Sir Martin Sorrell: So we we were. We knew there was a freehold property there because in those days used to depreciate freehold property on a balance sheet by two and a half percent a year you wrote it off to nothing over 40 years and there was a lot of asset stripping in those days. Jim Slater Jimmy Goldsmith were all people. Lord Hanson were all people who bought companies that discounts and their asset value and liquidated the assets mainly property assets because they weren’t they weren’t valued at market and so you found a lot of hidden value and we stumbled across it in the case of jwtwo I thought it was the. Building in London in Berkeley Square but it turned out to be Tokyo quite interesting. Actually we got into the company. Ah Robert Lowell art finance director at the time and myself. Ah, but walked into the jlo offices after we had had a 2 weekek hostile. We started at $45 in the first week went to 50 at the end of the first week and went to 55 and had an agreed deal after two weeks and we we go into the company and I said that Robert ah take a look at the fixed Asic register to find out where the property was was it in London. Came back about 15 minutes later and said no no, it’s not in London it’s in Tokyo so ah, he said you know we’ve got a couple of japanese banks in our banking syndicate. You know I’ll send them in that letter and we’ll get them to take look at I said no, don’t do that call them up.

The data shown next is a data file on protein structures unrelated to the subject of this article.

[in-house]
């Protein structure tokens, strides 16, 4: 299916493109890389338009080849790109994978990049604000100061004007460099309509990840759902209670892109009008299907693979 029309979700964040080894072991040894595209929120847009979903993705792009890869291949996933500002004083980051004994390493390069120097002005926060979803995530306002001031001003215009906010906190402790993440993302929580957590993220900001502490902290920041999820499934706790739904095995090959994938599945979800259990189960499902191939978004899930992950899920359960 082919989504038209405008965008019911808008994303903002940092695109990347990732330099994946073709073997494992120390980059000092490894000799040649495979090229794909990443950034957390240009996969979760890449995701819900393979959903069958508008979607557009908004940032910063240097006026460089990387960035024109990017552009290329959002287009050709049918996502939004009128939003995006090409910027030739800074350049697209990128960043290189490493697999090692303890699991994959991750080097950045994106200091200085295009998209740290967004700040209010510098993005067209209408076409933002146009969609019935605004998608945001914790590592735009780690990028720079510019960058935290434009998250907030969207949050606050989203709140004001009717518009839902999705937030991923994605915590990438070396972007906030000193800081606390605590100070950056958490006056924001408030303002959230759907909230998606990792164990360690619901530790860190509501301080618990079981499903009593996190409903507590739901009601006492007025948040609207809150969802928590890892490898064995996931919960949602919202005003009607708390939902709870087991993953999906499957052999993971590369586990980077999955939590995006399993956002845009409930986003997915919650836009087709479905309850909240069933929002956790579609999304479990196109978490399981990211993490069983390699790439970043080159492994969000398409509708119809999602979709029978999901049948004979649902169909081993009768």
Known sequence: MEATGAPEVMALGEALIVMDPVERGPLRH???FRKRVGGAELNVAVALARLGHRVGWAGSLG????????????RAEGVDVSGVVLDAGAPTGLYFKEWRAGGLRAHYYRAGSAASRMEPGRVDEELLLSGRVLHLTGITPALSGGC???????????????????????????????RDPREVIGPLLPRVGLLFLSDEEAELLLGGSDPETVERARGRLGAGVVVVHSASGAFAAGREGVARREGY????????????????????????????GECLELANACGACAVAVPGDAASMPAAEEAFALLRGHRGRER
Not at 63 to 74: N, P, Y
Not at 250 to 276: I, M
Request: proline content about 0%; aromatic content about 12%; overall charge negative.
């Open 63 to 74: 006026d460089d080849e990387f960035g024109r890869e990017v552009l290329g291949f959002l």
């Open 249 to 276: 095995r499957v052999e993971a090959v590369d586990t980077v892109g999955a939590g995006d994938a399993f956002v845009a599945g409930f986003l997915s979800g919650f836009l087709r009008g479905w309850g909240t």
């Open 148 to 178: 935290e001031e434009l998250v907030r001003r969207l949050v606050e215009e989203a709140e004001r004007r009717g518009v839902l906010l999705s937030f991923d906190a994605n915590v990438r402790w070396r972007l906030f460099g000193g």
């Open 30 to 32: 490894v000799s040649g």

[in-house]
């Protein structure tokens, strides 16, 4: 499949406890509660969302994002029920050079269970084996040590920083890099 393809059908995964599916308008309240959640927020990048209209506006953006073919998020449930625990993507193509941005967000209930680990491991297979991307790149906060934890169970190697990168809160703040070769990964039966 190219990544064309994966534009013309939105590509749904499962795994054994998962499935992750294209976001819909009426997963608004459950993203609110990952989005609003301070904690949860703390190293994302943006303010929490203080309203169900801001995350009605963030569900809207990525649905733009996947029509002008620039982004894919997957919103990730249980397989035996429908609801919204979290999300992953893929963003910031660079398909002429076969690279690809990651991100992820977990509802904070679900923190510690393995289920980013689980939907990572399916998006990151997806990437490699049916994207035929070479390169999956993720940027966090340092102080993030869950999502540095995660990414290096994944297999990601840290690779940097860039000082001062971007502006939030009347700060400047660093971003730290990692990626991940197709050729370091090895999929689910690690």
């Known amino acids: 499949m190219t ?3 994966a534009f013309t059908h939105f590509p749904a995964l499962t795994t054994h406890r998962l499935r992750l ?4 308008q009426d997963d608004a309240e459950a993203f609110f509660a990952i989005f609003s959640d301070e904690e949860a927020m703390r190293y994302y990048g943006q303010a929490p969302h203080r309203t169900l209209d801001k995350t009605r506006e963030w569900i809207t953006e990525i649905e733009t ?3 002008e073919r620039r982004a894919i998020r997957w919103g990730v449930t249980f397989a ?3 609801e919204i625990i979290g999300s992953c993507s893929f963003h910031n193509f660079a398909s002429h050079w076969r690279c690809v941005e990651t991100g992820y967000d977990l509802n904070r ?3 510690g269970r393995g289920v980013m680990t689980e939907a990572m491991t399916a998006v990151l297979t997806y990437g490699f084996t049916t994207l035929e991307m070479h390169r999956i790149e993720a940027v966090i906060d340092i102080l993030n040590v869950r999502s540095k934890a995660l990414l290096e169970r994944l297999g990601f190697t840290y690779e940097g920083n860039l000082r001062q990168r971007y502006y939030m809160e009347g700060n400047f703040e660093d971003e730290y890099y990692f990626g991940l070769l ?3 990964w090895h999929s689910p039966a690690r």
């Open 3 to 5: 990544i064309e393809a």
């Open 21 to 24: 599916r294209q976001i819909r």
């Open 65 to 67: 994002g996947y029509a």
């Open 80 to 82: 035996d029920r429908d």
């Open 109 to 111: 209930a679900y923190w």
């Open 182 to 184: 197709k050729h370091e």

Sir Martin Sorrell: Tell them to go down and take a look at the building and tell us what they think it’s worth remember that we’ve paid 550000000 or whatever it was for the business so they went around took a look at the property and came back about 2 hours later this is on the first day and said um. We will lend you $100000000 on it. Anybody who’s dealt with a bank will know they want twice times coverage so it was worth 200000000. We sold it for 207000000. We had to pay 50% tax but we sold it for two hundred and seven million about six months later at the peak. The japanese property market and that’s when the the imperial palace and the site around it was worth more than many countries gdp anyway, but ah, interesting times. Interesting days.